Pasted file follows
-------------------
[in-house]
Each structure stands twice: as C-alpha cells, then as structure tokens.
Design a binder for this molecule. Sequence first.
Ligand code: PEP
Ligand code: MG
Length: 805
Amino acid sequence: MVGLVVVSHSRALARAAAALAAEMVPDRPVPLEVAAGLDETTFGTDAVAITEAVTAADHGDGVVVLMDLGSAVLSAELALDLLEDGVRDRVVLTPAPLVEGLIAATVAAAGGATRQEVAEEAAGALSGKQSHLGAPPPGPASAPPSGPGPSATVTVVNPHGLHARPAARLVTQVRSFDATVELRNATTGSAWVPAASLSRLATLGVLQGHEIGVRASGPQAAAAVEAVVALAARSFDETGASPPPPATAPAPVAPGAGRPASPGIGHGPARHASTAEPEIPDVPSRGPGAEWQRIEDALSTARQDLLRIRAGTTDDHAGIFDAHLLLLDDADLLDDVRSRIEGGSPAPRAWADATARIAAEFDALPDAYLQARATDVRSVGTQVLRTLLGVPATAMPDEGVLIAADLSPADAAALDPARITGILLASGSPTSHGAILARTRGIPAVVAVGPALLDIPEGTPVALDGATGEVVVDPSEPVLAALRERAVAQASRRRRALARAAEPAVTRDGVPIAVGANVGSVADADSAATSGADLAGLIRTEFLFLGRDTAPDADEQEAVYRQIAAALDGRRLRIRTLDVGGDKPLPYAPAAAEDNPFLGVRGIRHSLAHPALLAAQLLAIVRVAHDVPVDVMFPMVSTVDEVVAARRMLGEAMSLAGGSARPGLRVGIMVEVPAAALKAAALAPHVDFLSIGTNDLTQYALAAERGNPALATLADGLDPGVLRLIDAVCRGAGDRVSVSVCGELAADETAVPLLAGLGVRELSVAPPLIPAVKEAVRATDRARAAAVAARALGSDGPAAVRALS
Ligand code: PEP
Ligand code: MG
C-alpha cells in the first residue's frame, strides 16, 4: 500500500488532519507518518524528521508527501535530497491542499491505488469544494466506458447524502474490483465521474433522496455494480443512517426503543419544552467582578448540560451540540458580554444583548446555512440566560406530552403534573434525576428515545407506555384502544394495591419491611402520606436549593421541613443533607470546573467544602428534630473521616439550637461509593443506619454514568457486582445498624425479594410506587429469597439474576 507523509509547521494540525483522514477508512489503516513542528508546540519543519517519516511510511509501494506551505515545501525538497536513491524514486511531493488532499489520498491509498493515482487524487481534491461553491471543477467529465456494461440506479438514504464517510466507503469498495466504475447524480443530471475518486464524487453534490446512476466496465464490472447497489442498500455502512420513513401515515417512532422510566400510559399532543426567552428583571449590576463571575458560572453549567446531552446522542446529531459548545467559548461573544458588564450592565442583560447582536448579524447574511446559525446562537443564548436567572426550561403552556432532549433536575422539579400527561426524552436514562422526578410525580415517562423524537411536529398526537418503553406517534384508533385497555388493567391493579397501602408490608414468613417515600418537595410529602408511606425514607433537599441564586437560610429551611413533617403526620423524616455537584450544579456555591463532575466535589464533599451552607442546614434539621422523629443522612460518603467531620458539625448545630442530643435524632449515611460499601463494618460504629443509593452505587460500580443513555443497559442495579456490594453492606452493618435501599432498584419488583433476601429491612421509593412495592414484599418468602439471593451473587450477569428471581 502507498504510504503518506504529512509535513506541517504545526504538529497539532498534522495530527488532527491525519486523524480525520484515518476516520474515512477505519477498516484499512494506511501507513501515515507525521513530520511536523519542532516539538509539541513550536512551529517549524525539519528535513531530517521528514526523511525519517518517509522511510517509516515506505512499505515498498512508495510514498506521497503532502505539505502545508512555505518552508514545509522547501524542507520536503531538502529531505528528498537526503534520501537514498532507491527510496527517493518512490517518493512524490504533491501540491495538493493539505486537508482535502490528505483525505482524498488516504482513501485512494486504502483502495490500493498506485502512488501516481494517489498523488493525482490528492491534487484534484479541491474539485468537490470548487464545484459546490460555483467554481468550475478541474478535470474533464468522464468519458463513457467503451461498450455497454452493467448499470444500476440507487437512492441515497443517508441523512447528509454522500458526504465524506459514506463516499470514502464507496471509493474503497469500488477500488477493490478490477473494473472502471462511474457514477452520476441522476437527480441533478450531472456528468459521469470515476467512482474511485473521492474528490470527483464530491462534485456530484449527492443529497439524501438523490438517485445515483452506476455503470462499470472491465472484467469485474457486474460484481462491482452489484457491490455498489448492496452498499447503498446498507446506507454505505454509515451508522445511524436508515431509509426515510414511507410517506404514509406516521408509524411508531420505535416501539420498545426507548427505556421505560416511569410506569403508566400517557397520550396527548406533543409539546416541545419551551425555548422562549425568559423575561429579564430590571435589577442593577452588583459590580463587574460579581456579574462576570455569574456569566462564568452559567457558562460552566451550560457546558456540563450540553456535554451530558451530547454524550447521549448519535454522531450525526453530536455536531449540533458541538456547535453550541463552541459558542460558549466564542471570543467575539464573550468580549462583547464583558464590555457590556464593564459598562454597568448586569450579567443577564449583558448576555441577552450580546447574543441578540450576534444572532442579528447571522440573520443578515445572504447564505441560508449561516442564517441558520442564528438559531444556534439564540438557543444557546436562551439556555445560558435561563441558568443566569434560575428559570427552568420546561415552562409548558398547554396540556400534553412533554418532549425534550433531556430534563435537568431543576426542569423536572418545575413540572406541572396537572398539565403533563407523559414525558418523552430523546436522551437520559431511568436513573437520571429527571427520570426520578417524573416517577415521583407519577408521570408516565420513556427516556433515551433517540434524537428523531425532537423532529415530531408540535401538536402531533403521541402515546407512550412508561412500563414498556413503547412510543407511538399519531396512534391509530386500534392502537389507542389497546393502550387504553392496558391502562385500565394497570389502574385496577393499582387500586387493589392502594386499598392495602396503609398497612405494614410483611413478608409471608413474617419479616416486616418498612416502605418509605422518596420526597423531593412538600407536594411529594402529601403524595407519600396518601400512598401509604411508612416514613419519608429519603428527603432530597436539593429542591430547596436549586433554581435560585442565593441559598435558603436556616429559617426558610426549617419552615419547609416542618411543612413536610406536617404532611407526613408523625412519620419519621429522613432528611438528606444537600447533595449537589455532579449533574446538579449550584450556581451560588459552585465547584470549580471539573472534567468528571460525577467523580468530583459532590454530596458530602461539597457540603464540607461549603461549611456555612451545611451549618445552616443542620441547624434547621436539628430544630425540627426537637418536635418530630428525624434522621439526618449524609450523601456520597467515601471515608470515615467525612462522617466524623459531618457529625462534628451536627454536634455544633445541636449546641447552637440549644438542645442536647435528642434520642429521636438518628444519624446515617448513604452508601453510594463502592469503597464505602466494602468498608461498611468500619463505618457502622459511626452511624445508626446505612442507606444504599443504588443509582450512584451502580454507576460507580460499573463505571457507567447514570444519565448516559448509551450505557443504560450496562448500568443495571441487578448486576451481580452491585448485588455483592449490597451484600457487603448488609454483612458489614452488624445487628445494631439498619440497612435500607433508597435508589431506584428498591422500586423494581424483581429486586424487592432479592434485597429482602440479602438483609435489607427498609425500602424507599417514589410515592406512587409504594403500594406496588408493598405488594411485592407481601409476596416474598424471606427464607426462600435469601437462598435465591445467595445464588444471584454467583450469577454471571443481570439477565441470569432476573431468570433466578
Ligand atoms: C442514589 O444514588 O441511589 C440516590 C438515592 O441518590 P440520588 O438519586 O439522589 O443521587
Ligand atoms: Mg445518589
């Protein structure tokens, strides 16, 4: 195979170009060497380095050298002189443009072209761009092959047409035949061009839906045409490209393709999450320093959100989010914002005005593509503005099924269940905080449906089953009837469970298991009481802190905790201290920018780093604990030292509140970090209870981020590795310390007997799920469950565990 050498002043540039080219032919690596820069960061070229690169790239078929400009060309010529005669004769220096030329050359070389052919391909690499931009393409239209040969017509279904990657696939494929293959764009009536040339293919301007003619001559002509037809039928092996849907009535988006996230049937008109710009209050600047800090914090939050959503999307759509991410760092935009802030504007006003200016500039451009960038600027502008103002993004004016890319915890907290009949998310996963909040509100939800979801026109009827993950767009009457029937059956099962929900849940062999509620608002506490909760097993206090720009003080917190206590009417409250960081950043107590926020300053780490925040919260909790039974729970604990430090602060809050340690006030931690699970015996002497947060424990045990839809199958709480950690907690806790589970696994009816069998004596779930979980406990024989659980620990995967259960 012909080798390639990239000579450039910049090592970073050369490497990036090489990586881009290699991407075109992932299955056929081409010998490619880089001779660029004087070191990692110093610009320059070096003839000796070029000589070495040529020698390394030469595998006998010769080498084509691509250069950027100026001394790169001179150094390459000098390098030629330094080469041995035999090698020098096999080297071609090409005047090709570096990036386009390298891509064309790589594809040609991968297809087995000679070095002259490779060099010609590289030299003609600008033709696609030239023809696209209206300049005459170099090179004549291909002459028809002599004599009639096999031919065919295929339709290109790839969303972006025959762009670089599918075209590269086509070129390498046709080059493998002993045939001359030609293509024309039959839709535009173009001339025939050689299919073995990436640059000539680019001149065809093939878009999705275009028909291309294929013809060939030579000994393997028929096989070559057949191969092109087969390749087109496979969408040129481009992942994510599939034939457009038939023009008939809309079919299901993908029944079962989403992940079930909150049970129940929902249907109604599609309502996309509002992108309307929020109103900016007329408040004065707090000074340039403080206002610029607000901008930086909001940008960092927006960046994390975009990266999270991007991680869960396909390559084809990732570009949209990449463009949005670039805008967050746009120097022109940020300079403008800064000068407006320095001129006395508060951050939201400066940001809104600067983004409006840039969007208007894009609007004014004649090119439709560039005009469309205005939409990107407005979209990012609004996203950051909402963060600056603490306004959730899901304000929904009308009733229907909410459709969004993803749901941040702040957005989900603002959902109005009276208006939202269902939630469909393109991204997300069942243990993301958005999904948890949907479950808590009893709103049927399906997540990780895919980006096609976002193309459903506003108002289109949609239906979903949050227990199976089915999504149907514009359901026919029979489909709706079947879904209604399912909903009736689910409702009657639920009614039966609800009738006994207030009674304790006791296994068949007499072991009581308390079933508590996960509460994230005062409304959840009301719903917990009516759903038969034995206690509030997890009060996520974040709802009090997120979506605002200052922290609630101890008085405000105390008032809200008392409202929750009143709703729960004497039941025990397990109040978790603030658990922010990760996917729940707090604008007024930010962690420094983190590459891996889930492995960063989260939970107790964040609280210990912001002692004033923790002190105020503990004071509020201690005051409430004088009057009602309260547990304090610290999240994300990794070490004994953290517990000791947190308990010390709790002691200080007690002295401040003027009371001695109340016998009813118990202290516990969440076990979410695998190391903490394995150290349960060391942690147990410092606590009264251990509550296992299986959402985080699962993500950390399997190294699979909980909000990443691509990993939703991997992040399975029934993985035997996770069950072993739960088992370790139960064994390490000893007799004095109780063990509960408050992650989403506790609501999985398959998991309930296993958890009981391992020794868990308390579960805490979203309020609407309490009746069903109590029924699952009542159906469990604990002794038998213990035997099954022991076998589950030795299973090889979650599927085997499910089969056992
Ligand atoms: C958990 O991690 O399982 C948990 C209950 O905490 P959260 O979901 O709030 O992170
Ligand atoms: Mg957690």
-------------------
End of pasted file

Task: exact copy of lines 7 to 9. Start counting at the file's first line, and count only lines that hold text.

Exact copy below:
Amino acid sequence: MVGLVVVSHSRALARAAAALAAEMVPDRPVPLEVAAGLDETTFGTDAVAITEAVTAADHGDGVVVLMDLGSAVLSAELALDLLEDGVRDRVVLTPAPLVEGLIAATVAAAGGATRQEVAEEAAGALSGKQSHLGAPPPGPASAPPSGPGPSATVTVVNPHGLHARPAARLVTQVRSFDATVELRNATTGSAWVPAASLSRLATLGVLQGHEIGVRASGPQAAAAVEAVVALAARSFDETGASPPPPATAPAPVAPGAGRPASPGIGHGPARHASTAEPEIPDVPSRGPGAEWQRIEDALSTARQDLLRIRAGTTDDHAGIFDAHLLLLDDADLLDDVRSRIEGGSPAPRAWADATARIAAEFDALPDAYLQARATDVRSVGTQVLRTLLGVPATAMPDEGVLIAADLSPADAAALDPARITGILLASGSPTSHGAILARTRGIPAVVAVGPALLDIPEGTPVALDGATGEVVVDPSEPVLAALRERAVAQASRRRRALARAAEPAVTRDGVPIAVGANVGSVADADSAATSGADLAGLIRTEFLFLGRDTAPDADEQEAVYRQIAAALDGRRLRIRTLDVGGDKPLPYAPAAAEDNPFLGVRGIRHSLAHPALLAAQLLAIVRVAHDVPVDVMFPMVSTVDEVVAARRMLGEAMSLAGGSARPGLRVGIMVEVPAAALKAAALAPHVDFLSIGTNDLTQYALAAERGNPALATLADGLDPGVLRLIDAVCRGAGDRVSVSVCGELAADETAVPLLAGLGVRELSVAPPLIPAVKEAVRATDRARAAAVAARALGSDGPAAVRALS
Ligand code: PEP
Ligand code: MG